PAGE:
North Wellington physician recruitment update

Health­care recruitment in northern Wellington seems to be a twist on the ideology of the book Field of Dreams.

In north Wellington’s book, the phrase could well be “if you recruit them (prospective doctors), will they will stay?”

Allison Armstrong, Recruit­ment Co-ordinator for the Wellington Healthcare Alliance and Suzanne Tivers, Executive Director of the Mount Forest Family Health Team, were at council on June 8 to provide information about the North Welling­ton Healthcare Recruitment committee.

Councillor Dan Yake introduced the pair and said, “They do a wonderful job for our community and work very hard in an area that is very important to our community.”

Yake said Armstrong has been the new recruitment coordinator for the past few months. Tivers chairs the re­cruit­ment committee. They provided an update on doctor recruitment efforts.

“I also have a cheque here as well, as requested by the recruitment team,” Yake said. He quipped, “I’ve been ask­ed to say if it goes well, you get the cheque … If not we may keep it.”

Tivers said “We’re hoping this is the beginning of a conversation. Physician recruitment and health care recruitment is is very much a community project.”

She said members of the Society of Rural Physicians of Canada have worked in rural communities for most of their careers. The society is a voluntary professional organization representing over 2,000 of Canada’s rural physicians and its mission is to provide leadership for rural  physicians and to promote sustainable conditions and equitable health care for rural communities.

“All of our physicians are members,” she said. She noted Dr. Ken Babey is a founding member.

Tivers said in 2004, the society did research on the is­sues relating to recruiting phys­icians to rural communities.

“What they found was that 90% of medical students came from wealthy urban families. So right off the bat, rural communities are fighting an uphill battle.”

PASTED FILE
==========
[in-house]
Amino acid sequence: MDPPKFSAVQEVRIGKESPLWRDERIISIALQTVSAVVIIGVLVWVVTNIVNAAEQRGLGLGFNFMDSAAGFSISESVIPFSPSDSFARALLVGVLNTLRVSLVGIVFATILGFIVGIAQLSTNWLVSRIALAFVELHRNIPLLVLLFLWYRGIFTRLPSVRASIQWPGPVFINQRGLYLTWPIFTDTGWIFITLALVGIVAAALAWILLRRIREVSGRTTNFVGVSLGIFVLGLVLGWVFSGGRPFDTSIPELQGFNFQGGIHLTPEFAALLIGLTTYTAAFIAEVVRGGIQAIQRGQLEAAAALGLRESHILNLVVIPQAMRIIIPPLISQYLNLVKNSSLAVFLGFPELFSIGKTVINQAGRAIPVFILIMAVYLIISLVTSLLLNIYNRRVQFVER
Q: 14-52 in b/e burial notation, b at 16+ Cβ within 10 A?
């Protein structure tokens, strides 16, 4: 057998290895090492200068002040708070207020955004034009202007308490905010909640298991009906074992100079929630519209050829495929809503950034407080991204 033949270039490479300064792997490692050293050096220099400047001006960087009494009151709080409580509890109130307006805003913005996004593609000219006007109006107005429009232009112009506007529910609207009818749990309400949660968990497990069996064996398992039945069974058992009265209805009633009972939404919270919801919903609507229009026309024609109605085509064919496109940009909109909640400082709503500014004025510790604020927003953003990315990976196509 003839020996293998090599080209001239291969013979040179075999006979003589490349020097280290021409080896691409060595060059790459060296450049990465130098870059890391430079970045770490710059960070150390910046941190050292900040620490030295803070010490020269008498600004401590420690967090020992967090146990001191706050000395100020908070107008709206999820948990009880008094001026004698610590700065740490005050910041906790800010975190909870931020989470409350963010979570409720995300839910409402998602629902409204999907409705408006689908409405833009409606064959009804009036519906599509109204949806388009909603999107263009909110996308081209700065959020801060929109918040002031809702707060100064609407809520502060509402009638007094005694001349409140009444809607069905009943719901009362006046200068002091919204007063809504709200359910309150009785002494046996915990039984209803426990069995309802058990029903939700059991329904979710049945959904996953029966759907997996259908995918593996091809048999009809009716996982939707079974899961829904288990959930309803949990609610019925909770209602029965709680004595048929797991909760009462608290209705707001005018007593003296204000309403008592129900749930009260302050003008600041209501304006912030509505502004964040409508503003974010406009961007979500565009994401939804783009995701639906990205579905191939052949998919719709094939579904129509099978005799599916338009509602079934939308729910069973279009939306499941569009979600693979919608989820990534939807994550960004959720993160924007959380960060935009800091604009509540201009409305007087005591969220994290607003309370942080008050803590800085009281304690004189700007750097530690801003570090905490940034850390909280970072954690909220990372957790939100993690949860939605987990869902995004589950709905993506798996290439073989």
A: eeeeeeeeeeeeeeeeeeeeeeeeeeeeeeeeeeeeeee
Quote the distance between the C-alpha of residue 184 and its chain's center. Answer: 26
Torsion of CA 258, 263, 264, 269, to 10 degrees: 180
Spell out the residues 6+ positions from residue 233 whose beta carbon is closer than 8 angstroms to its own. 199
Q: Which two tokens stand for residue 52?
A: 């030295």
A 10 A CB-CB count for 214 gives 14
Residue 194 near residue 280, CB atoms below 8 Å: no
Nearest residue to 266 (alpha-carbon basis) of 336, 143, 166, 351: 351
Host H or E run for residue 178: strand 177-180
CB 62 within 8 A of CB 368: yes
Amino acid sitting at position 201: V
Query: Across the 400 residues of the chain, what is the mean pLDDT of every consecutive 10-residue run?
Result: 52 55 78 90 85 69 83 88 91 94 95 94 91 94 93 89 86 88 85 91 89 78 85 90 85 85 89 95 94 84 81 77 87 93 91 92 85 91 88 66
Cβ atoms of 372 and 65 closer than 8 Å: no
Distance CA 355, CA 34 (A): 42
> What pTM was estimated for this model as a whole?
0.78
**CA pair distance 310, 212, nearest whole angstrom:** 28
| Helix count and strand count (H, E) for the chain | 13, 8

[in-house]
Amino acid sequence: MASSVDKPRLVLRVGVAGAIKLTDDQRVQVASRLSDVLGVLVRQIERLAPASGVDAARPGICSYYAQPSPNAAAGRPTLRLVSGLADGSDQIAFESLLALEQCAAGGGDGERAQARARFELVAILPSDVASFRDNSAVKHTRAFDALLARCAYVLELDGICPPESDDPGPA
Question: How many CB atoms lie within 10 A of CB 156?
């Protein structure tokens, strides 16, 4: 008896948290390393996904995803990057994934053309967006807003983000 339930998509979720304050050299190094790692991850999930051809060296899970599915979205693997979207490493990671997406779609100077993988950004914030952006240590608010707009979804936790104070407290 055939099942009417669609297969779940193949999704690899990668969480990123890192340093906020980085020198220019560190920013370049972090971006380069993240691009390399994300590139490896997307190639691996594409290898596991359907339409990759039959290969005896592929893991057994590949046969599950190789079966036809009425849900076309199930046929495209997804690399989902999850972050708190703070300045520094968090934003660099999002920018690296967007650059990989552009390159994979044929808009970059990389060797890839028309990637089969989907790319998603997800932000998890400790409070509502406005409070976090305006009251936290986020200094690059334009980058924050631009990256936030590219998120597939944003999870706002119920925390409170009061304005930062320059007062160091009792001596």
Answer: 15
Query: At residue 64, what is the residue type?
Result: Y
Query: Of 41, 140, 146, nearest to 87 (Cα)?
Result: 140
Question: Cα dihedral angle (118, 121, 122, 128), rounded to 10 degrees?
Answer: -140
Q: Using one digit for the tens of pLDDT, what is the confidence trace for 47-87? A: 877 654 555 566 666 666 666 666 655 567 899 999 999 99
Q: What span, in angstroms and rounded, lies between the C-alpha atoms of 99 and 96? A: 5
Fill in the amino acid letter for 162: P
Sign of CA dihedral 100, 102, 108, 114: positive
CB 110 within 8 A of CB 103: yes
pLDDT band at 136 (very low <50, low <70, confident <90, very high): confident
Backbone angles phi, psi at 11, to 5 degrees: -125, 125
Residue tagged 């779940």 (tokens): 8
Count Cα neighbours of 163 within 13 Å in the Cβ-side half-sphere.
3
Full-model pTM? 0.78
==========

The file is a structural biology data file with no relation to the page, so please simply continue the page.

She said it means rural com­munities, in general, are not sending people who grew up in the community to medical school.When they do, they may not return.

Tivers, a nurse by training, grew up in a small town in Northern Ontario, but never moved back.

The other issue, Tivers ex­plained, is medical schools not only promote specialist care and research, rather than family physician work, but their locations also mean medical students are required to live in the city for seven to eight years.

“We often lose them at that point,” she said. “Even if a physician chooses a rural practice there are challenges which make it more difficult to keep them here.”

Maintaining one’s license requires a set number of hours taking courses that may not be available locally.

On a bright note, she said some of that is changing. Through technology some of that education can be accessed remotely. “It’s a real bonus for us.”

She noted the hours of work tend to be higher in rural areas. The group is in discussions with the Ministry of Health right now over that. The roster targets for the family health team and existing physicians are based on urban models – where a doctor does primary care and nothing but primary care and they do not have to worry about delivering babies or assisting with surgery, covering for emergency departments, being the coroner, or being a chief of staff at a hospital.

She said the aim of the society is that every rural Canadian should have access to a well-trained family physician with primary support team. She said they also need access to emergency and other general hospital services within a reasonable time and distance.

Tivers, a member of the primary care committee on the Waterloo-Wellington Local Health Integration Network, cited recent News about the county and local municipalities wanting to work closer with their organization.

“I think that’s a good idea. For our rural communities, it’s a really big issue in terms of meeting the needs of people who don’t have access – Access to specialized diagnosis and treatment within an integrated system with outcomes comparable to patients who live in cities, helps to keep physicians, particularly newly-trained ones, feeling like they are not out on a limb and that their licences are not at risk by having to be all things to all people.”